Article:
For more than 120 years, the Texas Capitol has been free and open to the public: no locked doors, no restrictions or guarded entryways, no metal detectors or X-ray machines. (After 9/11, detectors were installed but soon removed.) Citizens could open any of the building’s four main doors and walk right in without getting screened, patted down, or queried.
That changed on the afternoon of Jan. 20, when 24-year-old Fausto Cardenas wandered into the Capitol. He entered a Senate office, where his odd behavior aroused suspicion, and he was asked to leave. He walked back outside, took out a handgun and fired several shots into the air. State troopers quickly swarmed him. No one was injured, and Cardenas was hauled off to face felony charges.
The incident, while scary, was minor. But lawmakers called for increased security.
On April 13, the State Preservation Board—a panel of elected officials and one public member that oversees the Capitol—voted to install metal detectors and X-ray machines. Under the plan, the east and west entrances to the Capitol will be closed to the public. Tour groups will be screened through the south entrance, and everyone else will have to pass through security at the north doors. The lines to get in—especially on the busiest days of legislative sessions—will be daunting.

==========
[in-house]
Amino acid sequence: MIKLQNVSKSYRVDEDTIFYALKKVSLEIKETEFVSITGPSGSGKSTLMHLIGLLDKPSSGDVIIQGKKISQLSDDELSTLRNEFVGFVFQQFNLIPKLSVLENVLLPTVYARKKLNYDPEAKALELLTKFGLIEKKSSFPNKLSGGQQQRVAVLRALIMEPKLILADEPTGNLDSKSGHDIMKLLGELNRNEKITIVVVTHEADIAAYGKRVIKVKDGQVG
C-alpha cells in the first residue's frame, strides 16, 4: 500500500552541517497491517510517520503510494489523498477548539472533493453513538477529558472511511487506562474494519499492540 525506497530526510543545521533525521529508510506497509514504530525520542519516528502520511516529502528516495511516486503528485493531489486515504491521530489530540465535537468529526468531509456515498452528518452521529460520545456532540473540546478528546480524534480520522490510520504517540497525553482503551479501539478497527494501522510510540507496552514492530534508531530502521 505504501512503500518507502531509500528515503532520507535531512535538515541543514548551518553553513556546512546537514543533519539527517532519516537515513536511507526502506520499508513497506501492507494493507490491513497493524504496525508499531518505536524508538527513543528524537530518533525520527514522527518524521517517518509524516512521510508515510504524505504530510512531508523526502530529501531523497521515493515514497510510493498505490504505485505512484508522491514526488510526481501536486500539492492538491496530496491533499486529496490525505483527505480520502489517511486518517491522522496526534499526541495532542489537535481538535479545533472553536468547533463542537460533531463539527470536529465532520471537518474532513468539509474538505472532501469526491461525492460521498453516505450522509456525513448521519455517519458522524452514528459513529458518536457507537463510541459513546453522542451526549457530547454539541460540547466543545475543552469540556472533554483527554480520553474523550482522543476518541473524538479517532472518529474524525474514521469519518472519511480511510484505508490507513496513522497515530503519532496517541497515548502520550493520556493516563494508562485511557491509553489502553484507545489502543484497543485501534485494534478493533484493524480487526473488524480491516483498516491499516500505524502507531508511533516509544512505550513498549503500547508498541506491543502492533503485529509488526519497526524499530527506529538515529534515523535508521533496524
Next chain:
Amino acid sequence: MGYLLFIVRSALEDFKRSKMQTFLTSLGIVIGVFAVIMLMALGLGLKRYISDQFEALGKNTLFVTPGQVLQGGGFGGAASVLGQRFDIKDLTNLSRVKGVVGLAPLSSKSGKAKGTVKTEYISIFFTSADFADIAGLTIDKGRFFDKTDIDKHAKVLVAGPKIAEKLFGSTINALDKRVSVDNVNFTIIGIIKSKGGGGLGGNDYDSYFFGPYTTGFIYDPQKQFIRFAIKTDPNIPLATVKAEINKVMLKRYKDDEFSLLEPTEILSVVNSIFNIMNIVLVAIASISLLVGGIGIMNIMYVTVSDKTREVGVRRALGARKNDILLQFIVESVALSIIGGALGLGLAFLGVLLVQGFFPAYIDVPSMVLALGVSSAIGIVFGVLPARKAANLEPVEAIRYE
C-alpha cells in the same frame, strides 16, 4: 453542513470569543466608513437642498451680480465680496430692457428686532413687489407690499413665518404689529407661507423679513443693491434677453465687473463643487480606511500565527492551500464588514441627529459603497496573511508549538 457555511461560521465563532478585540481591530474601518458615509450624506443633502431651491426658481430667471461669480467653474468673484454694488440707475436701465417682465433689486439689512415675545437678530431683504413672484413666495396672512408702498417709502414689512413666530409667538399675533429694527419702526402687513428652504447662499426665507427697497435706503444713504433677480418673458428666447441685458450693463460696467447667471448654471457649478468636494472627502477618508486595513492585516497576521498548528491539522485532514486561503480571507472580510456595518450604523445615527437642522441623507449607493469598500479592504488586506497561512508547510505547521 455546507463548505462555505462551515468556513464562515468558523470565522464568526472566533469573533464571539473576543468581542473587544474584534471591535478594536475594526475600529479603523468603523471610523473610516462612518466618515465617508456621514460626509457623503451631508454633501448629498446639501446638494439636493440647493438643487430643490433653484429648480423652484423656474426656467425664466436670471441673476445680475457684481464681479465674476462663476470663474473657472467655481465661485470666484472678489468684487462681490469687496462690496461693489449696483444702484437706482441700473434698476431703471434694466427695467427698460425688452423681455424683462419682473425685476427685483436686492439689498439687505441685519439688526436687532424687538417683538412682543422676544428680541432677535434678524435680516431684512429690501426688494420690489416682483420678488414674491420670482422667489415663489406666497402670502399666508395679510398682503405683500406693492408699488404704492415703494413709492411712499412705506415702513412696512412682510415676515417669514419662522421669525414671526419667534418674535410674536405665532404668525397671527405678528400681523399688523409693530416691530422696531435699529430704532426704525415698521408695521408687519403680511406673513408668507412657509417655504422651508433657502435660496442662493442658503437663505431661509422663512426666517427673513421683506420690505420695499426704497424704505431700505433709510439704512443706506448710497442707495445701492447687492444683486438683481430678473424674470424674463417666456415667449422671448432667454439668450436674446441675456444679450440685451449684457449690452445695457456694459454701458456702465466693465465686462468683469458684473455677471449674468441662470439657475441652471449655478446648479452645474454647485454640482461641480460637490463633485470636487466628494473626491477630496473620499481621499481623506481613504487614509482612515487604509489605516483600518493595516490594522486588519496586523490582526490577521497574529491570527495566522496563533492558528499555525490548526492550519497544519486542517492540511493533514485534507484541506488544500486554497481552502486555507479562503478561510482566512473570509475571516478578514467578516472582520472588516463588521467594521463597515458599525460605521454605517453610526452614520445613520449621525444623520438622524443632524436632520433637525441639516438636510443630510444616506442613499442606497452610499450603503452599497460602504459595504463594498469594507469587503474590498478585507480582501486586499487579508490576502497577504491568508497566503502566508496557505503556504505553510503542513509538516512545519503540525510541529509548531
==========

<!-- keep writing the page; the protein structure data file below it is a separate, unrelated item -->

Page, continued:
Only one board member voted against the proposal: Gov. Rick Perry. “I’m always up for looking at new ways to protect our citizens, but the last thing I want is for the Texas Capitol to turn into DFW Airport,” Perry told the Houston Chronicle back in January, two days after the shooting.
We don’t often find ourselves in agreement with the governor. But in this case, he couldn’t be more right.
It’s important to remember that anyone with a concealed-handgun permit is allowed, under Texas law, to carry a gun inside the Capitol. Once inside, people with permits will be handed back their guns. There are numerous public buildings—like courthouses and police stations—that need metal detectors and security screening. At the Capitol—already adequately protected by security cameras and state troopers—the screening will be mostly for show.
Too often in recent years, Americans have enacted pointless measures to give ourselves a false sense of security—from taking our shoes off at airport checkpoints to allowing the National Security Administration to wiretap without a warrant.
This plan is one more concession to fear. It makes the Texas Capitol less of a people’s building.